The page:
Nelson Mandela
Nelson Mandela in hospital

The South African media have accused two international news agencies of "spying" on Nelson Mandela after cameras were found filming the former head of state and Nobel Prize winner's house.

According to reports, cameras belonging to the Associated Press and Reuters had been installed at the house of Nokwanele Balizulu, who lives opposite Mr Mandela's residence in the his home village of Qunu in the Eastern Cape.

When rumours of the cameras surfaced, the foreign news agencies faced accusations that they had installed the cameras to "spy" on the former president.

The South African Times quoted Mrs Balizulu, a local chieftainess, as confirming that she had given permission for CCTV cameras to be installed at her house.

"I agreed to having those cameras there, but I'm not going to say anything else," she allegedly said.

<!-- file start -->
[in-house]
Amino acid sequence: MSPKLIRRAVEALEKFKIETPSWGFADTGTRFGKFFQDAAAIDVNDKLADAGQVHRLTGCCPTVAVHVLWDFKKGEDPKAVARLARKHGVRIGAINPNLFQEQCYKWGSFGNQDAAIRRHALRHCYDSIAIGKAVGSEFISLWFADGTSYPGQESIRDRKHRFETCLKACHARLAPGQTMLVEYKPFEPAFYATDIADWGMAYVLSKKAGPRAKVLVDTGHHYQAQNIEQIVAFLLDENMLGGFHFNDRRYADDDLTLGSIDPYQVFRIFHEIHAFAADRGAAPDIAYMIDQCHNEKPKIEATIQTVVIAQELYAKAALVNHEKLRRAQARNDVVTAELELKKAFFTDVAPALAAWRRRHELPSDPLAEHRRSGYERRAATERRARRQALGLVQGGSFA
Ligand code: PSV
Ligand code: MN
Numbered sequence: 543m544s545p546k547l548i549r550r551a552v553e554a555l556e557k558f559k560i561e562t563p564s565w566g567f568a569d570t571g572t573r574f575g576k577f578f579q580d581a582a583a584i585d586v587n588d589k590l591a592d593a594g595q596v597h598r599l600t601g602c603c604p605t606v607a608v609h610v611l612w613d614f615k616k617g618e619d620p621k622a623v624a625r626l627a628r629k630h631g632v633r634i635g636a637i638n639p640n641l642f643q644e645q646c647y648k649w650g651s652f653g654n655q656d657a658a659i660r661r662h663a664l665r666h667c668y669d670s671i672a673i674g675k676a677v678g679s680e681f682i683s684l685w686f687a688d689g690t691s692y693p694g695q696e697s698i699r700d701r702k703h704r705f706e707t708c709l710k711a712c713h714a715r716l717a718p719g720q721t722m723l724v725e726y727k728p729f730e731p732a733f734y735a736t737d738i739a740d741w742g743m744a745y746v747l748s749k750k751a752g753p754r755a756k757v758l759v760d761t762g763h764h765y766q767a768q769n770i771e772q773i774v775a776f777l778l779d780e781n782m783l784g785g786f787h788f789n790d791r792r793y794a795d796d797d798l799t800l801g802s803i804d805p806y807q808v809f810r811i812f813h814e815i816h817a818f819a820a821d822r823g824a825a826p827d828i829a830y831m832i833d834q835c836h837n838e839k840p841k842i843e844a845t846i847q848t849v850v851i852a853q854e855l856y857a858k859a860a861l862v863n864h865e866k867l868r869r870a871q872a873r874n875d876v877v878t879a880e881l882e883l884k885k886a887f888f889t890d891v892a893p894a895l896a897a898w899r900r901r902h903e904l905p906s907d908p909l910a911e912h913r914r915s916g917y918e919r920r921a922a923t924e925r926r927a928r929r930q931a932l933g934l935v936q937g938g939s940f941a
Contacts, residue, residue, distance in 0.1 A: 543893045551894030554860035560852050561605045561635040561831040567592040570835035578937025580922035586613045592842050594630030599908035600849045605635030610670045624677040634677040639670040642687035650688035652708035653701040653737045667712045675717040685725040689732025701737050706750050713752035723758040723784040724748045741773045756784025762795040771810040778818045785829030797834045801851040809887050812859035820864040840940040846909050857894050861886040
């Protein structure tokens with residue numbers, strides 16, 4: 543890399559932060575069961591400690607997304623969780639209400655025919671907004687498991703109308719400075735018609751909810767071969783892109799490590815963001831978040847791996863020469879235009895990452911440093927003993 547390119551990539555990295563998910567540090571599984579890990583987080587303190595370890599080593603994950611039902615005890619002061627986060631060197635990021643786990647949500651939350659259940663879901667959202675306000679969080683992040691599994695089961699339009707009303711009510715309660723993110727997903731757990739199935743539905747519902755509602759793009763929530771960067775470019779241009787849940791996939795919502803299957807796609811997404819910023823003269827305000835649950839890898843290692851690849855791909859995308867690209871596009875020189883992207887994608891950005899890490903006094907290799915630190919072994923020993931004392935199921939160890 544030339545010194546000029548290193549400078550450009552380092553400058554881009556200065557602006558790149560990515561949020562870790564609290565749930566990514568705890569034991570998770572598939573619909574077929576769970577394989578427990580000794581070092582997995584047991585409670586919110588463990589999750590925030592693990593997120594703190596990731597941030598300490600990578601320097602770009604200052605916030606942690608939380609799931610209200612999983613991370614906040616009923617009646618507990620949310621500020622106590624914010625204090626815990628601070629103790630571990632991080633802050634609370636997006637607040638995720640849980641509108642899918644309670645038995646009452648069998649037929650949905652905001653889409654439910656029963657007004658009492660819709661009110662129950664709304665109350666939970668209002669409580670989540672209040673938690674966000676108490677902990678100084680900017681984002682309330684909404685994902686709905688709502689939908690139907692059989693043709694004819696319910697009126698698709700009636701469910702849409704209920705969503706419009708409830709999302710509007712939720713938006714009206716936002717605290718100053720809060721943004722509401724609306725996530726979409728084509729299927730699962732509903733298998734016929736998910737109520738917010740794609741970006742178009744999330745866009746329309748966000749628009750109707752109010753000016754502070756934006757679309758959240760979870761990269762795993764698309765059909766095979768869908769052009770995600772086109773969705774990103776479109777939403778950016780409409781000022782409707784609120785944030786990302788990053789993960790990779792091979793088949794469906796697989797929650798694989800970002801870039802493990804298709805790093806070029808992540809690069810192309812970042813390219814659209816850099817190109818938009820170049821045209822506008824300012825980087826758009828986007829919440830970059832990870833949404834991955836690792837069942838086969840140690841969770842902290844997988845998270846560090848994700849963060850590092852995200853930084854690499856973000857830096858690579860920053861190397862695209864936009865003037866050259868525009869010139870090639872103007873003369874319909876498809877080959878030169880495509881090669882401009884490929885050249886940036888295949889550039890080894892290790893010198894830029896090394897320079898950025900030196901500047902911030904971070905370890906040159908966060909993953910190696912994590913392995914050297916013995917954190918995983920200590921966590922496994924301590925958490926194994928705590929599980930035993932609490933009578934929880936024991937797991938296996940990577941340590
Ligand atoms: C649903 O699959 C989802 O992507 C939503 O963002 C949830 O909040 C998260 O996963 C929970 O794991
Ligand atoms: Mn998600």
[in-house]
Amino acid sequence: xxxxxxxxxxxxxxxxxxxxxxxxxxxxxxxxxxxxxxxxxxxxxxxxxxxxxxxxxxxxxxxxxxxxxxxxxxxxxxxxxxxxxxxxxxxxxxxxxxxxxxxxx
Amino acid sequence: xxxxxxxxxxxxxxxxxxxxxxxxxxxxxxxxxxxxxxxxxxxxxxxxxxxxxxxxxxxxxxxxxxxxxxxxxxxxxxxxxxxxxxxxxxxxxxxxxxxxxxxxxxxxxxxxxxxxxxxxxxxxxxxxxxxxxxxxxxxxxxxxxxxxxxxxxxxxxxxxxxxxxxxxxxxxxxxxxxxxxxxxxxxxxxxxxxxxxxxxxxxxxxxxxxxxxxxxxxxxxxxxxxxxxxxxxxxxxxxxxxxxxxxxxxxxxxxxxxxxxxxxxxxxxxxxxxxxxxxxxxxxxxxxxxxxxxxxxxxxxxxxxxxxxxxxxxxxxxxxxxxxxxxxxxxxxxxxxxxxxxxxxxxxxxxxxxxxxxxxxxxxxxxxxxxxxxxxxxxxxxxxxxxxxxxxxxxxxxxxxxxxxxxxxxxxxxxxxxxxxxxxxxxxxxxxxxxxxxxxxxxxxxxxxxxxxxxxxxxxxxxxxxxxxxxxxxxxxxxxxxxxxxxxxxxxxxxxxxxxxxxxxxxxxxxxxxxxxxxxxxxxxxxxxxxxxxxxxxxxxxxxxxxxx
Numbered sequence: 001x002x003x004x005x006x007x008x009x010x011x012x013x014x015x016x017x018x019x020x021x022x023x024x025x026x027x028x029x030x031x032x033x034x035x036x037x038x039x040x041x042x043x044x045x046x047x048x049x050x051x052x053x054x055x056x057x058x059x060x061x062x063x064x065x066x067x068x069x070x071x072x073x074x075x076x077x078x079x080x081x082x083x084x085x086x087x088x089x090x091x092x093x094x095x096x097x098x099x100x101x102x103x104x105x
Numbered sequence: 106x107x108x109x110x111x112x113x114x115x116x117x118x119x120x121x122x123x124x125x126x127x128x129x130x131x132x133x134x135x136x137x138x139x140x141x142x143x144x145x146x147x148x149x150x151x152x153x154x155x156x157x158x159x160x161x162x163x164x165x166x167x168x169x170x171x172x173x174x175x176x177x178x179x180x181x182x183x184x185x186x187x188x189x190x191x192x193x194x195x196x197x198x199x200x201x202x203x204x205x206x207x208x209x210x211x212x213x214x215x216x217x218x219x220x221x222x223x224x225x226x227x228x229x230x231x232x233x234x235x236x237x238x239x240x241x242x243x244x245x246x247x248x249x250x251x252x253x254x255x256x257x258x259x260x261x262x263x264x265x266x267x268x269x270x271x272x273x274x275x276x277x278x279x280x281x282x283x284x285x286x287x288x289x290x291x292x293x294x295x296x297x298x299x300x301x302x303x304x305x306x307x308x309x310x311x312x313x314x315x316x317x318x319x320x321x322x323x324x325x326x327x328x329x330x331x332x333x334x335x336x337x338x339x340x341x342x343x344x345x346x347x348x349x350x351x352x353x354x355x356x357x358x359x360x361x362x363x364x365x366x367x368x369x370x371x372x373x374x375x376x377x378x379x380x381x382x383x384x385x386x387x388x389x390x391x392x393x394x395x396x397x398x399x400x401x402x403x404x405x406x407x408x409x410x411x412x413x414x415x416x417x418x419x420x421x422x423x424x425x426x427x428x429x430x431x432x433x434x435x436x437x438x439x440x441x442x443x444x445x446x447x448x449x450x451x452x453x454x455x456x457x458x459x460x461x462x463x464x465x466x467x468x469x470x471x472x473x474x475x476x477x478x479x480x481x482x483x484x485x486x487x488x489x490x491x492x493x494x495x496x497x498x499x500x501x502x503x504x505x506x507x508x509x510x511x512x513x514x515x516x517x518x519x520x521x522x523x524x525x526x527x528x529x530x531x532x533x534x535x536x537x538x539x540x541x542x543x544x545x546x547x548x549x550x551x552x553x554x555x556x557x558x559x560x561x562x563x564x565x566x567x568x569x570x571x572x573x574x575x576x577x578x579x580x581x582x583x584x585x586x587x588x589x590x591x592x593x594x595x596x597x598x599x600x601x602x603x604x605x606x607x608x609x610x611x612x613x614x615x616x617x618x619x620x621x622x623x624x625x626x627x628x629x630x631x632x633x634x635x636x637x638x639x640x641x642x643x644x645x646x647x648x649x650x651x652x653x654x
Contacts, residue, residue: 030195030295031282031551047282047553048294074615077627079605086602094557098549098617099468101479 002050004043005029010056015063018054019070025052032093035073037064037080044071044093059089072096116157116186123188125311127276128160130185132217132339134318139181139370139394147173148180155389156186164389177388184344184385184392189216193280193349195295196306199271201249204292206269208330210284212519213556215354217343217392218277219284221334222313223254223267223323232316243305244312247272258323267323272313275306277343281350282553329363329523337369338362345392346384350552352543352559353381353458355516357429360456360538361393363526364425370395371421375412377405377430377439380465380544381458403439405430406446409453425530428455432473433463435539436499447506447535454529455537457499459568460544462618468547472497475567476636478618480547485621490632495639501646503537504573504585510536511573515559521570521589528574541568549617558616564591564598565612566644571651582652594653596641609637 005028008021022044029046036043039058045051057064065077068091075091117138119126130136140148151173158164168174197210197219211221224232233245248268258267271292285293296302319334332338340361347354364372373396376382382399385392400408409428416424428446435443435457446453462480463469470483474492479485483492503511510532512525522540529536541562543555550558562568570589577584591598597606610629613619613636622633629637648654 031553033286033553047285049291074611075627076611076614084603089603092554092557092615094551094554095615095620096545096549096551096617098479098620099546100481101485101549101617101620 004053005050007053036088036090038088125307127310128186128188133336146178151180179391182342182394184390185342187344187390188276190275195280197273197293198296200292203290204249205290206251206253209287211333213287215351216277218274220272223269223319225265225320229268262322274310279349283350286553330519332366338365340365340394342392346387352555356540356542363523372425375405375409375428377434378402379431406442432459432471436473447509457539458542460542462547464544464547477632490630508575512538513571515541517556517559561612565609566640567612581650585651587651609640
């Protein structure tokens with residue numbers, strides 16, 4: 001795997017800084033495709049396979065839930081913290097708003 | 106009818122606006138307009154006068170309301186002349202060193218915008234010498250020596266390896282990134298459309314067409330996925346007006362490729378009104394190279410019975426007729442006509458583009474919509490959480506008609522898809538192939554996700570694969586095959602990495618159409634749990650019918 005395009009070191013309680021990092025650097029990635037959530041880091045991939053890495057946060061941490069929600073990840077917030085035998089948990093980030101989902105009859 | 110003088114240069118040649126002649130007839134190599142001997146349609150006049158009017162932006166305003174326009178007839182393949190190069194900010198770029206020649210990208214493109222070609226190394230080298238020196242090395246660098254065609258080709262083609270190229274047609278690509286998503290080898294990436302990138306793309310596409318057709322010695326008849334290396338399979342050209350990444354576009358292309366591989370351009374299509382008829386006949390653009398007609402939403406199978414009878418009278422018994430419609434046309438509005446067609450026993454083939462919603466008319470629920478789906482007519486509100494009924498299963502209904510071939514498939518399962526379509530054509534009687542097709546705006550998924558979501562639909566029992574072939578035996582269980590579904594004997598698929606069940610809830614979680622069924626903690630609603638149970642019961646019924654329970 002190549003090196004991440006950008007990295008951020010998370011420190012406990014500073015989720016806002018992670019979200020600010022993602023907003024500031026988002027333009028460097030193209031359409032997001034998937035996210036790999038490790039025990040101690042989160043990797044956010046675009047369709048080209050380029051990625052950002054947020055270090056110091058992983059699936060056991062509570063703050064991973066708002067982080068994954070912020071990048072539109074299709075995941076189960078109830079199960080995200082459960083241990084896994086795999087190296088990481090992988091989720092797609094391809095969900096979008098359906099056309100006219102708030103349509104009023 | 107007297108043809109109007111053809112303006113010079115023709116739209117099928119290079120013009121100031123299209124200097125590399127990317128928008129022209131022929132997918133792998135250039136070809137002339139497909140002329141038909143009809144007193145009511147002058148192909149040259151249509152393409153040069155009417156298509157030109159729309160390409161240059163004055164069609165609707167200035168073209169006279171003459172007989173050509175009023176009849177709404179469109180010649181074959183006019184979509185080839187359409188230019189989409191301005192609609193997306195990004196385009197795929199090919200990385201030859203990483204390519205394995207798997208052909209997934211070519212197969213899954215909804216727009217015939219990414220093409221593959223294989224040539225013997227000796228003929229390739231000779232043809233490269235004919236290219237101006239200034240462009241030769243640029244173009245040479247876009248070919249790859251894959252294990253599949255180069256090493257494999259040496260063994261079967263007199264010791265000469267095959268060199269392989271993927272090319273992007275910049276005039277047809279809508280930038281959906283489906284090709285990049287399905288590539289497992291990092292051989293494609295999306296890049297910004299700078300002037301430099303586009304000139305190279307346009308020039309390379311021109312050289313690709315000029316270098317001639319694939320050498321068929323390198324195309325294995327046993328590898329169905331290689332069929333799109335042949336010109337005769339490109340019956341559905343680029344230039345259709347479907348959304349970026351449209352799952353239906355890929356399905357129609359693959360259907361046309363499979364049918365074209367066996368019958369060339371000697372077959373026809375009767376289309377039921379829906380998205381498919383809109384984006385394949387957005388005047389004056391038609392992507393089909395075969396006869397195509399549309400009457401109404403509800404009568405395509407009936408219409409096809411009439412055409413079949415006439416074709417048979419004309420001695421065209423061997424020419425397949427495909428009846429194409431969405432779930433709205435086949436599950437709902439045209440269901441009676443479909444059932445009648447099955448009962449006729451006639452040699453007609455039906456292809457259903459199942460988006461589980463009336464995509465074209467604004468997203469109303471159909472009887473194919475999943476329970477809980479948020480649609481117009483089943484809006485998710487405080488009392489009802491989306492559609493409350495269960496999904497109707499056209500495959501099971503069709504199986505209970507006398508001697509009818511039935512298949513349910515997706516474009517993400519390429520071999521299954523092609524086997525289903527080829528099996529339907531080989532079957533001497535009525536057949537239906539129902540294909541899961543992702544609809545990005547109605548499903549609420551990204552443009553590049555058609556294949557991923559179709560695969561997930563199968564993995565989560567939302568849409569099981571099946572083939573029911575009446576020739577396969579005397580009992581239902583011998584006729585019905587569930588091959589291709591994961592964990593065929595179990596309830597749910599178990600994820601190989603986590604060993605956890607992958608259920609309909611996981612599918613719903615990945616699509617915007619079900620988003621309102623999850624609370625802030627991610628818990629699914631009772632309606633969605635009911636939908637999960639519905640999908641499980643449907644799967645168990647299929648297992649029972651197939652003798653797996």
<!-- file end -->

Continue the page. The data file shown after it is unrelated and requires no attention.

A statement by AP's spokesperson, Paul Colford, defends the move and refutes accusations that the cameras had been used to spy on the anti-apartheid icon.

"The cameras were positioned some time ago, with the knowledge of authorities. The cameras are not turned on. They are not spying on Mr Mandela's home," Mr Colford said.

"They are part of the preparedness that AP and other large news organisations customarily make in the event of a major news story involving a former world leader."

When International Business Times UK contacted Reuters, Jo Crosby, the news agency's spokesperson, confirmed they did have a camera but added that it had now been removed.

The BBC reported police spokesman Vishnu Naidoo confirmed that two media groups were being investigated for "constantly filming the ex-president's residence".

When approached, the Nelson Mandela Foundation refused to comment on the subject.

Mr Mandela spent 27 years in jail for his anti-apartheid activities. Following his release in 1990, he led the African National Congress party to a landslide victory in 1994, becoming South Africa's first black president after more than three centuries of white rule.

The elder statesman is now 93 years old and has increasingly appeared frail, prompting concerns for his health and vmedia organisations have been preparing for his future death for bsoem time.